(Reuters) — People suing Johnson & Johnson over the company’s talc products urged an appeals court on Monday to revive their claims, saying the profitable company should not be allowed to use a bankrupt subsidiary to block lawsuits alleging the products cause cancer.
They asked a panel of the Philadelphia-based 3rd US Circuit Court of Appeals to dismiss the bankruptcy of J&J subsidiary LTL Management, saying LTL is a “boiled” company formed solely to prevent them from getting their day in court.
J&J, which maintains its talc products are safe, canceled LTL in October, assigned its talc debts and filed for bankruptcy days later on the newly formed subsidiary.
That restructuring strategy, known as the “Texas two-step,”; paused about 38,000 lawsuits J&J faced alleging its baby powder and other talc-based products contained asbestos and caused mesothelioma and ovarian cancer.
Critics, including lawmakers and legal experts, say J&J’s bankruptcy maneuver could provide a blueprint for other big companies to avoid juries in mass tort lawsuits.
At arguments Monday, Circuit Judge Julio Fuentes asked the cancer victims’ attorney, Jeffrey Lamken, whether the bankruptcy court could provide a more efficient resolution of the claims than trying cases one at a time in other courts.
Mr Lamken said the court should not make a blanket decision about whether bankruptcy is “better”, as its protection should be reserved for companies in financial distress that need to reorganize.
He argued that cancer victims should be allowed to sue because bankruptcy requires a comprehensive settlement to be reached through a lengthy court process before any individual case can be decided. LTL is under no pressure to move quickly because it has no business and suffers no penalty for remaining in bankruptcy, Lamken said.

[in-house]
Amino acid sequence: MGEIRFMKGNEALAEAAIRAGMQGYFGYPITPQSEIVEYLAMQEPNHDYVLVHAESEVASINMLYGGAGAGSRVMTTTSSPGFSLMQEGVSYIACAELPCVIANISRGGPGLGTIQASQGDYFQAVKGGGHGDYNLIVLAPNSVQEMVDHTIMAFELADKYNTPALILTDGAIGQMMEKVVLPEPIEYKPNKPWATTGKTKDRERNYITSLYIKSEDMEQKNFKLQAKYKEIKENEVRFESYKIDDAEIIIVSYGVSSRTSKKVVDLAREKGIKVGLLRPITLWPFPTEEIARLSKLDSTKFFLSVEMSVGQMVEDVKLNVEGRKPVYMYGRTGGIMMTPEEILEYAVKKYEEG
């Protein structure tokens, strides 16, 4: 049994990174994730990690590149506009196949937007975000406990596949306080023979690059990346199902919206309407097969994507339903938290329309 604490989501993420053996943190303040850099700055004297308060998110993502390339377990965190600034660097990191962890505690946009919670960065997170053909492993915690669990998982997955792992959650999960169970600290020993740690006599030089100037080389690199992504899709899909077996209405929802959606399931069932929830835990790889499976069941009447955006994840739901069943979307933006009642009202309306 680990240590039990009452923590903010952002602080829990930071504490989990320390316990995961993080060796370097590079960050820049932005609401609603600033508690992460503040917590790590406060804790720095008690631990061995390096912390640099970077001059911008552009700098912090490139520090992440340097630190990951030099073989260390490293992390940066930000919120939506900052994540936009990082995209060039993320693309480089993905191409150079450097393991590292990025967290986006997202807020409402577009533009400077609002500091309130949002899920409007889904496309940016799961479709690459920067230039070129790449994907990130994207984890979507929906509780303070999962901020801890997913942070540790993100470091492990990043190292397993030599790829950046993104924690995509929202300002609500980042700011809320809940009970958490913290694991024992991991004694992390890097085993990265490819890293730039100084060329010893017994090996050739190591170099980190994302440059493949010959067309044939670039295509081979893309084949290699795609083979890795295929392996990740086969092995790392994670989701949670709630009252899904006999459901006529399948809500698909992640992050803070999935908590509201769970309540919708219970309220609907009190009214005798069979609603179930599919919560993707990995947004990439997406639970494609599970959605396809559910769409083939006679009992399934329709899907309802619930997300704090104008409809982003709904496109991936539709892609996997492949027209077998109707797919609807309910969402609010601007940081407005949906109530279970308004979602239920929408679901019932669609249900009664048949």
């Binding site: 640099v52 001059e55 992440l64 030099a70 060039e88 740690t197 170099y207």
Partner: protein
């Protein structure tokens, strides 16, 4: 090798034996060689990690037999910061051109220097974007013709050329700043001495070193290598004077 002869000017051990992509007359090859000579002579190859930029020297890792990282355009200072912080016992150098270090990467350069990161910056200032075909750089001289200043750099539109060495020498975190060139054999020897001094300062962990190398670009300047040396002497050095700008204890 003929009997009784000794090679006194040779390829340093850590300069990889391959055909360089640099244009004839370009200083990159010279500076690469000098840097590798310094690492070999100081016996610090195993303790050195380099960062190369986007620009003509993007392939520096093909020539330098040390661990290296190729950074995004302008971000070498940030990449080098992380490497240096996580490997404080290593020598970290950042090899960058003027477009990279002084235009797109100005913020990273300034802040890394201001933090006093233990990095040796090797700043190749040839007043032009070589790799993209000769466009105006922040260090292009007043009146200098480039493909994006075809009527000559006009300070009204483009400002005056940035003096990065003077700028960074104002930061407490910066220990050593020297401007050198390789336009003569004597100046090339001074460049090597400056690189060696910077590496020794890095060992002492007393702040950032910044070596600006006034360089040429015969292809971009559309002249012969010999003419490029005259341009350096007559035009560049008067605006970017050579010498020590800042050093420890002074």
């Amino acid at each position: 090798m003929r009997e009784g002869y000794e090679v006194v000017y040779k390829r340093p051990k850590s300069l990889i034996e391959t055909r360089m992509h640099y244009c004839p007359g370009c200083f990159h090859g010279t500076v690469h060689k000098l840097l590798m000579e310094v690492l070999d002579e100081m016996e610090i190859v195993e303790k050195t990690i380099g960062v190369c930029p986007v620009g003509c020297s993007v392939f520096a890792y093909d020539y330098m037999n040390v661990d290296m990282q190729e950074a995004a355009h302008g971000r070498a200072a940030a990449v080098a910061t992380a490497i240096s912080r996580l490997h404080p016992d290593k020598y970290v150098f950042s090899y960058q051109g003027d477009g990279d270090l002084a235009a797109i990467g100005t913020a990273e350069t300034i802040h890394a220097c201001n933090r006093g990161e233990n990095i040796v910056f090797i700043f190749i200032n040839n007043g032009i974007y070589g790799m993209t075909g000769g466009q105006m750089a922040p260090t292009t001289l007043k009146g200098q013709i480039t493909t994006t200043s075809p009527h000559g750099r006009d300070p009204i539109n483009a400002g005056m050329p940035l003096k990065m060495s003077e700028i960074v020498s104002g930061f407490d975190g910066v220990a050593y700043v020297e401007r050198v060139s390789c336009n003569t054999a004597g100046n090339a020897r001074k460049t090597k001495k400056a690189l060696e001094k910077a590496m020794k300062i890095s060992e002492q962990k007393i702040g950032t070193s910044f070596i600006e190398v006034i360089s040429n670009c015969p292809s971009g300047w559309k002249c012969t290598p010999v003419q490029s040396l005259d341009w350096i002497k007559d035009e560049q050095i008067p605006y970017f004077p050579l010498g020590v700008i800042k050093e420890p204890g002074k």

David Frederick, who represents a separate group of cancer plaintiffs, said the bankruptcy allows LTL to pay “less money, more slowly.”
“Not a penny will be paid until the last objector’s final appeal is resolved,” Mr. Frederick.
J&J countered that the bankruptcy court is allowing all current and future talk lawsuits to be settled together, which it says is the fastest and fairest way.
Litigation in other courts creates a huge variation in outcomes. Some plaintiffs will hit home and win large verdicts, while “most people won’t even get a turn at bat,” with some dying before their cases go to trial, LTL attorney Neal Katyal said.
The company has set aside $2 billion to settle talcan claims, which LTL executives describe as a starting point rather than a “cap.”
Before the bankruptcy filing, J&J faced costs ranging from $3.5 billion in judgments and settlements, including one in which 22 women were awarded a judgment of more than $2 billion, according to bankruptcy court records.
But more than 1,500 talk lawsuits have been dismissed without J&J paying anything, and the majority of cases that have gone to trial have resulted in defense verdicts, mistrials or verdicts for the company on appeal, according to LTL court filings.